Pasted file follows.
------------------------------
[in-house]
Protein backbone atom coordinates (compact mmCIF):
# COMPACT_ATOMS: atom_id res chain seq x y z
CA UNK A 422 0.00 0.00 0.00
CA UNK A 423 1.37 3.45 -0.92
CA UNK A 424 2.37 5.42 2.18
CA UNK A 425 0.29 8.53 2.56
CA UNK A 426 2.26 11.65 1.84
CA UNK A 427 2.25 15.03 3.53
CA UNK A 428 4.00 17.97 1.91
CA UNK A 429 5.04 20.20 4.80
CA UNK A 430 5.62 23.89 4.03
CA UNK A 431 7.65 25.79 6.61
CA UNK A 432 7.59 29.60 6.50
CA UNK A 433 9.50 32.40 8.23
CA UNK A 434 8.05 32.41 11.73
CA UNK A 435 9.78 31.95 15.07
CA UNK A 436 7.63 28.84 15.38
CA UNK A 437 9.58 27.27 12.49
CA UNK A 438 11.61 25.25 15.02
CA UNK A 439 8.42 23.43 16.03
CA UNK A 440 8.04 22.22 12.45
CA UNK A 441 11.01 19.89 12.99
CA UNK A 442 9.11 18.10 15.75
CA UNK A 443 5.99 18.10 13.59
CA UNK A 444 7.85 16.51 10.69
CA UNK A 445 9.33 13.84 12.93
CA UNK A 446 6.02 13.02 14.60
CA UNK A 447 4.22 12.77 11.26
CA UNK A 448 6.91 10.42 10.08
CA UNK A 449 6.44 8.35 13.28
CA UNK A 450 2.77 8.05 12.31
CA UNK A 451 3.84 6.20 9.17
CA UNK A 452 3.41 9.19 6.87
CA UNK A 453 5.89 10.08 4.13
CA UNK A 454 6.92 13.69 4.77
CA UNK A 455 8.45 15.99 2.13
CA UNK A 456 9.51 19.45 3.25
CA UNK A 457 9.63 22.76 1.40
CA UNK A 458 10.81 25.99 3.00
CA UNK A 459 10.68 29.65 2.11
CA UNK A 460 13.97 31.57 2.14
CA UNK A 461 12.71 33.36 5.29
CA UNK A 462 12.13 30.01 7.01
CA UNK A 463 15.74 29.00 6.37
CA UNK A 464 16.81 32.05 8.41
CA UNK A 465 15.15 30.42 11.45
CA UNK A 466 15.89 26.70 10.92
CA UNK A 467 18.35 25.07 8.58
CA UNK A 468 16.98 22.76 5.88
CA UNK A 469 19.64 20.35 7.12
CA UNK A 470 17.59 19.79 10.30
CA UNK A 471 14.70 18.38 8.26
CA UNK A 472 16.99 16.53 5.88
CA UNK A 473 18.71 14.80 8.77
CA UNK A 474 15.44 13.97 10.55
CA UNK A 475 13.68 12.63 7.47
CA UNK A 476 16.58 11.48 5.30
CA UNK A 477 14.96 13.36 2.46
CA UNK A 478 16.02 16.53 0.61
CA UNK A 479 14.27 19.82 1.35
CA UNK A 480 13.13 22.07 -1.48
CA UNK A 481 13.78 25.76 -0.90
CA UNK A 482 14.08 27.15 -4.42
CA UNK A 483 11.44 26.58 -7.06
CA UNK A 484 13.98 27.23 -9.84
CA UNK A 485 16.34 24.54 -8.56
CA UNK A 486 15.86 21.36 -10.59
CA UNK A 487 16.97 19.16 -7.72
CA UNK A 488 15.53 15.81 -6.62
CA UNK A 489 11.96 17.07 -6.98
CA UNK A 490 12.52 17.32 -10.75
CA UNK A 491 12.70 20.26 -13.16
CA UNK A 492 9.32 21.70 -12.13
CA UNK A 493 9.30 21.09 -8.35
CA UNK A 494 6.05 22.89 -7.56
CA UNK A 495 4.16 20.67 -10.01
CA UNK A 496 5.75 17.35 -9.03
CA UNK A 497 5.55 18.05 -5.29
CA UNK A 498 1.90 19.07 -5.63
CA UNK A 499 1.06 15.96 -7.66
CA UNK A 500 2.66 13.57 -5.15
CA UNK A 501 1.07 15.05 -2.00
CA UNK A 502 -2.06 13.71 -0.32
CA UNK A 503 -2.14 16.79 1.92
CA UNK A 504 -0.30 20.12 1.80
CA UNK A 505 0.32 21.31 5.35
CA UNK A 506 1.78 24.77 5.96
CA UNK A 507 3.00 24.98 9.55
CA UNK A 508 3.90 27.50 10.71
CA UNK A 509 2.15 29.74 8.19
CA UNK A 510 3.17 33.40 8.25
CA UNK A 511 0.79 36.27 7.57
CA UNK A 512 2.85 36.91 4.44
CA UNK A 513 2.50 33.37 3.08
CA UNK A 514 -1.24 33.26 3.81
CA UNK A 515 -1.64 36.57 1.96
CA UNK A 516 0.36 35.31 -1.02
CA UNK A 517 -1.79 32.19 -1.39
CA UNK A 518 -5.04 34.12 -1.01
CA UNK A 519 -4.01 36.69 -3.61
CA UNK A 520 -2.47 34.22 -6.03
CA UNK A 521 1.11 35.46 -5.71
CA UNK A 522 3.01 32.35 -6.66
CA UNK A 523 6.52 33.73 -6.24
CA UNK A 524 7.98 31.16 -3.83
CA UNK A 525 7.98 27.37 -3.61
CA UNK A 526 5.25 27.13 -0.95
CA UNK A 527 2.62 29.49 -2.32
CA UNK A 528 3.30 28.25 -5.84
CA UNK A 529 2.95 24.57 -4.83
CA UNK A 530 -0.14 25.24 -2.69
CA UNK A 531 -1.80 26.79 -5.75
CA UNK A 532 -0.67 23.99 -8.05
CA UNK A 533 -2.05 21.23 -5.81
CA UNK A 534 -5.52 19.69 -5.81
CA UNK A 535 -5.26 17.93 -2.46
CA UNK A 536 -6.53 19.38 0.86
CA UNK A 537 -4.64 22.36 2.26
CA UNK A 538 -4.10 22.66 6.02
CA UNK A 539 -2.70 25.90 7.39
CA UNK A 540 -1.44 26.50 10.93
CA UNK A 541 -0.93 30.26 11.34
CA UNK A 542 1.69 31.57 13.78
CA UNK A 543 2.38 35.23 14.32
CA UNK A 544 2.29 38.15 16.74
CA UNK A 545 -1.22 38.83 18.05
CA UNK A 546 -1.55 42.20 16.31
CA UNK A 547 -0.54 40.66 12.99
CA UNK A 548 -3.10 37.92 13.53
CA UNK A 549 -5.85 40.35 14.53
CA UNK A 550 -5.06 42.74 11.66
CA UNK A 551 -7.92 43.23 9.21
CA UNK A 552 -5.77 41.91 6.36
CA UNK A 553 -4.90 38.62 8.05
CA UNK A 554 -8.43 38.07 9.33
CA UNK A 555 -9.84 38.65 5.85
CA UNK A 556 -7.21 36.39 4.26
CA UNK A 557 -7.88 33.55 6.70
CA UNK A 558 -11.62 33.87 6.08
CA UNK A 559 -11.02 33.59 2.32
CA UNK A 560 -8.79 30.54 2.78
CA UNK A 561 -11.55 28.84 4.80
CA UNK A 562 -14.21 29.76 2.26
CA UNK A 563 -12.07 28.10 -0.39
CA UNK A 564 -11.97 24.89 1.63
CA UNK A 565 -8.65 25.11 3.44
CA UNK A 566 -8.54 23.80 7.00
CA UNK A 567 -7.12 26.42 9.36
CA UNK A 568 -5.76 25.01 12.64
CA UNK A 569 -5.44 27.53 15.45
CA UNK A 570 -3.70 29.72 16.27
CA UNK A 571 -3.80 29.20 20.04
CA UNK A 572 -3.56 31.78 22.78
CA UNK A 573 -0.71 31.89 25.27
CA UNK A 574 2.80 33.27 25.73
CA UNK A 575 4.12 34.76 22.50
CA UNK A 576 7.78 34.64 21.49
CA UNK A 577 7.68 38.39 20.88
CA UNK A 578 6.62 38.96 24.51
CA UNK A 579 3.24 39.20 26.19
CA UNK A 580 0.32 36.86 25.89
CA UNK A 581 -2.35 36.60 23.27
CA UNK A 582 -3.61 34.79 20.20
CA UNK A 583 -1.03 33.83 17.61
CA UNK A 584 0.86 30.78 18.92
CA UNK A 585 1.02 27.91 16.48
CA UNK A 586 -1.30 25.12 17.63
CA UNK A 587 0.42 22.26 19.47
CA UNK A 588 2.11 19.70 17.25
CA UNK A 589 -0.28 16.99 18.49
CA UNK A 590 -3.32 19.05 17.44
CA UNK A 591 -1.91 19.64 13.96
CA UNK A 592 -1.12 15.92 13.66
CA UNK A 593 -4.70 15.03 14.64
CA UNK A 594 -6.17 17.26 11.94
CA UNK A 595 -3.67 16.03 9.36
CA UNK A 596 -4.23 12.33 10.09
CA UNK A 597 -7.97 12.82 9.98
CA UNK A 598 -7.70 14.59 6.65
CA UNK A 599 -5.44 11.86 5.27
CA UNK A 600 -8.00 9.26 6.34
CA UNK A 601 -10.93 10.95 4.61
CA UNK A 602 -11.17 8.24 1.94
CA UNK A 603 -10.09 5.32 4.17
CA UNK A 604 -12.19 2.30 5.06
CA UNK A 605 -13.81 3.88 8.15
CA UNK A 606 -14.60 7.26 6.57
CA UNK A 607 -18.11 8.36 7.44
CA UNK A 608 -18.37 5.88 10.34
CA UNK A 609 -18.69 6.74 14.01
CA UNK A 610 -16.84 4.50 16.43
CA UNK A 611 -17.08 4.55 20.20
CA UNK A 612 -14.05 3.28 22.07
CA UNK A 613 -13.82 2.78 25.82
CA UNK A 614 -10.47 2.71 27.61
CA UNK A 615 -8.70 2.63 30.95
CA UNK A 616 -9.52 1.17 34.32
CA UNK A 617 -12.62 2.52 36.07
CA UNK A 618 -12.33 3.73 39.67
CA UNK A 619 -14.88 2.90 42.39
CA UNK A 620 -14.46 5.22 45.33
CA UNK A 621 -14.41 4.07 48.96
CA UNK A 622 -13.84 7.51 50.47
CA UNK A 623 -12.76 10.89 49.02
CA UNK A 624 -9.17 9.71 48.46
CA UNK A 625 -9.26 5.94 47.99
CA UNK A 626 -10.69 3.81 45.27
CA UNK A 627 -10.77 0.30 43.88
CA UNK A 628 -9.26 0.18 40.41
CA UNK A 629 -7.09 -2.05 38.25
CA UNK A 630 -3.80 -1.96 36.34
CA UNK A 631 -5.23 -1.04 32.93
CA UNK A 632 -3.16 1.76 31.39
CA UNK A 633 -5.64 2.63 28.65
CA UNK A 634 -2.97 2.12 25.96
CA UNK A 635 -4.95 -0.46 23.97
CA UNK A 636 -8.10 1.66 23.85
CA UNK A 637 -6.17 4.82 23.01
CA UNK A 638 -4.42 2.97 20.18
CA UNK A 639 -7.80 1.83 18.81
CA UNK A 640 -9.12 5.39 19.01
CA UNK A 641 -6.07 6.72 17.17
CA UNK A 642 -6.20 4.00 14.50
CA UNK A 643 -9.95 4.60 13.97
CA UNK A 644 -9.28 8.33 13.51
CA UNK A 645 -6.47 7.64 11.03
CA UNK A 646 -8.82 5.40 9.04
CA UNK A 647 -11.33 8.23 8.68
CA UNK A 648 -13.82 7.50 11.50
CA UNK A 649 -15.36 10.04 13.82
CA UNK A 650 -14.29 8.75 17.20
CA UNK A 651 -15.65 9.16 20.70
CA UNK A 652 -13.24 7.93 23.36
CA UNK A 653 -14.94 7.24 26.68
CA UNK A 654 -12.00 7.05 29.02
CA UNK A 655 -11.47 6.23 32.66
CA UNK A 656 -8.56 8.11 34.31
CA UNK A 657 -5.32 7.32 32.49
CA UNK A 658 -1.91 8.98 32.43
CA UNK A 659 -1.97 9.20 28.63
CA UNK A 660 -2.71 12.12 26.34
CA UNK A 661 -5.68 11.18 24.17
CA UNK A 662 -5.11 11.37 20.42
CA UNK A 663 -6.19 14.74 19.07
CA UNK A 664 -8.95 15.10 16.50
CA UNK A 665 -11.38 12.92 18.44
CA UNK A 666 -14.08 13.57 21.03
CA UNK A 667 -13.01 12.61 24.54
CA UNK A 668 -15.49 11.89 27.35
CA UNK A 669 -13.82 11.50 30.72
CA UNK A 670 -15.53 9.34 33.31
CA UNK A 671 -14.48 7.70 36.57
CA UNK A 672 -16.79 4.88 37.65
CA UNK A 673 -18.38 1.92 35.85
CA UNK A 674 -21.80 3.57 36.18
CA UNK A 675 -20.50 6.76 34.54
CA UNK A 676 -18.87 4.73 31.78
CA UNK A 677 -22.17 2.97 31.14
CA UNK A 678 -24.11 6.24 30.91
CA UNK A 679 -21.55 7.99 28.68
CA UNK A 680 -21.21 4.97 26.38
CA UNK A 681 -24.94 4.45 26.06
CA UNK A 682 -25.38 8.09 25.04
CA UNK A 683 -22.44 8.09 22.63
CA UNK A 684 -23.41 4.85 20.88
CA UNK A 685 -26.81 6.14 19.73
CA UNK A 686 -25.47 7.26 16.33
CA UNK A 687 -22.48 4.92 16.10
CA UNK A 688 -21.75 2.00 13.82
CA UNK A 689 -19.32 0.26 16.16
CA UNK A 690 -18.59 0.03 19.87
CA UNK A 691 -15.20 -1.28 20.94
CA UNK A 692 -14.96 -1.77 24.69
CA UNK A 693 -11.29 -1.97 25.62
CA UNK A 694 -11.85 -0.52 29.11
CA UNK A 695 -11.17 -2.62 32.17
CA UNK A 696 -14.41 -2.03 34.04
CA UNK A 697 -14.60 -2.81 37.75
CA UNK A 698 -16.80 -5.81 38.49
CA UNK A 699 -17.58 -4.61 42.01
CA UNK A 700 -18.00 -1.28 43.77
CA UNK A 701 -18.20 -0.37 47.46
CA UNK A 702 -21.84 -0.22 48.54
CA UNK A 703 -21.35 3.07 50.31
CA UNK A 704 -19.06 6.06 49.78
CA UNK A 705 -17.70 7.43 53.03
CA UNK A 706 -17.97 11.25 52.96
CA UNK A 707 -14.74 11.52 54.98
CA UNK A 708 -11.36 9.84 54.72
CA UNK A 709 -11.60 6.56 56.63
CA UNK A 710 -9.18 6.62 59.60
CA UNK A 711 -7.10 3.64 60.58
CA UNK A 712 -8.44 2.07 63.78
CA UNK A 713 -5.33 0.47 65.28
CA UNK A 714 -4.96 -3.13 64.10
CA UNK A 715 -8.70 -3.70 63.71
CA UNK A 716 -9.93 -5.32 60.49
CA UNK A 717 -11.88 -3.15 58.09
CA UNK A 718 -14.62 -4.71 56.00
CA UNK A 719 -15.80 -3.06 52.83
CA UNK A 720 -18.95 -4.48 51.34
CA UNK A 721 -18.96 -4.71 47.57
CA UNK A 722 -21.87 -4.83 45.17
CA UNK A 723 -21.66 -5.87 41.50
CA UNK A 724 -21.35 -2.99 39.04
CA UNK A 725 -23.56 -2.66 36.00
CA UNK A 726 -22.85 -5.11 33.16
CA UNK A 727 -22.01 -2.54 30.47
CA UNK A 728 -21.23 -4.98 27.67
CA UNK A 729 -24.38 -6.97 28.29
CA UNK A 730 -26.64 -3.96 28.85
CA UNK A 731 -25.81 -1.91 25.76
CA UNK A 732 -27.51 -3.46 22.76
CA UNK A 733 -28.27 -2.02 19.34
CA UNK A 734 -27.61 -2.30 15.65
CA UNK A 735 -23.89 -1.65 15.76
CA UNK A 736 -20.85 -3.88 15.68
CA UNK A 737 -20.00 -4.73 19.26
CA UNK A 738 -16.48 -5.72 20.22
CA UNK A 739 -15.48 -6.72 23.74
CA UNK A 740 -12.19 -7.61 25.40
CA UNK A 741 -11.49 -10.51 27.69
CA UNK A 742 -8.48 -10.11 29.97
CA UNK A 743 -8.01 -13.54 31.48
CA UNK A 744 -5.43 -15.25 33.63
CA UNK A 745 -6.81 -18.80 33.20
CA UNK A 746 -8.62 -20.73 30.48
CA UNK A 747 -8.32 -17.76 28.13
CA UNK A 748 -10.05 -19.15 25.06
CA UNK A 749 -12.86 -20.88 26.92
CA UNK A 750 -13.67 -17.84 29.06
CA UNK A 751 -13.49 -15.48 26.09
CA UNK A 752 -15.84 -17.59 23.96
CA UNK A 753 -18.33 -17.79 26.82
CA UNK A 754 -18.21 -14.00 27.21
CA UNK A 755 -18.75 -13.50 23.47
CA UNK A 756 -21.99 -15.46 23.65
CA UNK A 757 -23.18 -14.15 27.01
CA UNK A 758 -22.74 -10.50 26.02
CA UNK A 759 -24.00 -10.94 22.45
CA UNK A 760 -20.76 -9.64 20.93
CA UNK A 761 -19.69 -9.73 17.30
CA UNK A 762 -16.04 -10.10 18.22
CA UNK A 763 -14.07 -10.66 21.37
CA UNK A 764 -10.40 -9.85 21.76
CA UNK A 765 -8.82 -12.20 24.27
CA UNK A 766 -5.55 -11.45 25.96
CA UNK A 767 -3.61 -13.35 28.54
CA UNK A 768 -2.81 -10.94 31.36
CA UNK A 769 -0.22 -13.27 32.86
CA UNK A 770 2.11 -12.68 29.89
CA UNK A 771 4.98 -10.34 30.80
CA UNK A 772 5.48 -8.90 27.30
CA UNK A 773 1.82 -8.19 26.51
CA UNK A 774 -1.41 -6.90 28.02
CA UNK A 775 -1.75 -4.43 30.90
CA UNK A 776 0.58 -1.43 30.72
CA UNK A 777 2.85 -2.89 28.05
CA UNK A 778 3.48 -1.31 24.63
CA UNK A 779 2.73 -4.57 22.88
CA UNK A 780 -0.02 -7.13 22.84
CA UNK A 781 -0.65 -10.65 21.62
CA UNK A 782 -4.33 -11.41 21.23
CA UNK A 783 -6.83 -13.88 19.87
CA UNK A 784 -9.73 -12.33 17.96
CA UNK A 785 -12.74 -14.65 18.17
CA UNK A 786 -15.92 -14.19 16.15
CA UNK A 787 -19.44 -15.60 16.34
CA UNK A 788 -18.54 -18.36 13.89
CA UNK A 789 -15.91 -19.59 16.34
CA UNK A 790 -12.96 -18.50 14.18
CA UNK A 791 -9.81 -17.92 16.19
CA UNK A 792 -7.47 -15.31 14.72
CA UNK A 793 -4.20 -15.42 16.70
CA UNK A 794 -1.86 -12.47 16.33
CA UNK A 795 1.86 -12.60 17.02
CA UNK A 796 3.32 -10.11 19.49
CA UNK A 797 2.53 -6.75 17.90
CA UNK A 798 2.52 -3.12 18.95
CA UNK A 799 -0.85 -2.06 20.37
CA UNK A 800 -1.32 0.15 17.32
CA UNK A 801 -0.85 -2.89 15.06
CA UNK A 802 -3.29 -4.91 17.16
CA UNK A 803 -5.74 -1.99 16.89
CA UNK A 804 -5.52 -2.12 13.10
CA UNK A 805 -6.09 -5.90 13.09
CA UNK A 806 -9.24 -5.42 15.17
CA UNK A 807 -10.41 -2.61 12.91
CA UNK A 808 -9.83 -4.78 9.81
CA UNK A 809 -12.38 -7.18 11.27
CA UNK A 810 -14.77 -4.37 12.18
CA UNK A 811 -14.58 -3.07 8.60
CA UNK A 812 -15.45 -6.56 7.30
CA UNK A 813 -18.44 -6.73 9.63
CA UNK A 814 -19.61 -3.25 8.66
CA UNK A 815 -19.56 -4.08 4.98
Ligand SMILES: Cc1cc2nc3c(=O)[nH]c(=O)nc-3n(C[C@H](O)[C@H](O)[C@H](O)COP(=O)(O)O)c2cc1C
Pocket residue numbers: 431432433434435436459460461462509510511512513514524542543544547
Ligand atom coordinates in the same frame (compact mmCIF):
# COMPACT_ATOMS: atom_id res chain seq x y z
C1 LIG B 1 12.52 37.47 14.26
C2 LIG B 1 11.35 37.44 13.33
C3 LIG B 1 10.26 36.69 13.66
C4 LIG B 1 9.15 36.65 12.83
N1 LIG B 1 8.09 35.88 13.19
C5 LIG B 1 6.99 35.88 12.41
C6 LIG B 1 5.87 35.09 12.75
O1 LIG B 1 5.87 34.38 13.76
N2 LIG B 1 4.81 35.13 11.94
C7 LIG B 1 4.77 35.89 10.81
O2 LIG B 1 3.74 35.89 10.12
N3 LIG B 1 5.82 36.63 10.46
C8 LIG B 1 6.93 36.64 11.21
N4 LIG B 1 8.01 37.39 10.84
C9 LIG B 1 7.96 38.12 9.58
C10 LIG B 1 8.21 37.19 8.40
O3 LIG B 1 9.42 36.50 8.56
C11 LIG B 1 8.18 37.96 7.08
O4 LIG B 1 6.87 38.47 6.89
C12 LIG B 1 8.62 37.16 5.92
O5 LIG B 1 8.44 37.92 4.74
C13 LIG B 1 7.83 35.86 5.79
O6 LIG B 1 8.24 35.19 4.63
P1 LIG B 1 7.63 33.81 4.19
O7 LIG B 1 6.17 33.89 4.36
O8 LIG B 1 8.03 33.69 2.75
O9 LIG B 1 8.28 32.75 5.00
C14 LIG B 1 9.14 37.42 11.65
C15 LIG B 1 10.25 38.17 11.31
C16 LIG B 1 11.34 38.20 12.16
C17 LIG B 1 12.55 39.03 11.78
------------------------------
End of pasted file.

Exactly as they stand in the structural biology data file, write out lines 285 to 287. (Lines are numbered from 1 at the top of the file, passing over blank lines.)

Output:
CA UNK A 703 -21.35 3.07 50.31
CA UNK A 704 -19.06 6.06 49.78
CA UNK A 705 -17.70 7.43 53.03